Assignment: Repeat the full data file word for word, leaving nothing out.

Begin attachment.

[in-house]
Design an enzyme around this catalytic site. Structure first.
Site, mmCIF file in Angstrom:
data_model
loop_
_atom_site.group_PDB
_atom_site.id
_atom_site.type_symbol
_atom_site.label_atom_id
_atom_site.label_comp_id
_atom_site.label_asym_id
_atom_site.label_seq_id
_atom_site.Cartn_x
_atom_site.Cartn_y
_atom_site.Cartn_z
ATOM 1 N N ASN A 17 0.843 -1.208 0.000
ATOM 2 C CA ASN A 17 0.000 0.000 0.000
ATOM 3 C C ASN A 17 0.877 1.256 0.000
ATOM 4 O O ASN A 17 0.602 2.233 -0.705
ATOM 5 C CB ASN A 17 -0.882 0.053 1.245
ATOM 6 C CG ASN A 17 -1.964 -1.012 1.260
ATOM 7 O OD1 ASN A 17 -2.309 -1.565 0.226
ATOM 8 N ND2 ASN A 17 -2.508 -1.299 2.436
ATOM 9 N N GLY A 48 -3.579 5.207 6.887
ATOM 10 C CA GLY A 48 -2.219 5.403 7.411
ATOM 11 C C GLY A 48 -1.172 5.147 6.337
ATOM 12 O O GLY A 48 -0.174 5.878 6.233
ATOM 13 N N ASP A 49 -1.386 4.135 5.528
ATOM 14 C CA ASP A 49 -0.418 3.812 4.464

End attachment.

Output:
[in-house]
Design an enzyme around this catalytic site. Structure first.
Site, mmCIF file in Angstrom:
data_model
loop_
_atom_site.group_PDB
_atom_site.id
_atom_site.type_symbol
_atom_site.label_atom_id
_atom_site.label_comp_id
_atom_site.label_asym_id
_atom_site.label_seq_id
_atom_site.Cartn_x
_atom_site.Cartn_y
_atom_site.Cartn_z
ATOM 1 N N ASN A 17 0.843 -1.208 0.000
ATOM 2 C CA ASN A 17 0.000 0.000 0.000
ATOM 3 C C ASN A 17 0.877 1.256 0.000
ATOM 4 O O ASN A 17 0.602 2.233 -0.705
ATOM 5 C CB ASN A 17 -0.882 0.053 1.245
ATOM 6 C CG ASN A 17 -1.964 -1.012 1.260
ATOM 7 O OD1 ASN A 17 -2.309 -1.565 0.226
ATOM 8 N ND2 ASN A 17 -2.508 -1.299 2.436
ATOM 9 N N GLY A 48 -3.579 5.207 6.887
ATOM 10 C CA GLY A 48 -2.219 5.403 7.411
ATOM 11 C C GLY A 48 -1.172 5.147 6.337
ATOM 12 O O GLY A 48 -0.174 5.878 6.233
ATOM 13 N N ASP A 49 -1.386 4.135 5.528
ATOM 14 C CA ASP A 49 -0.418 3.812 4.464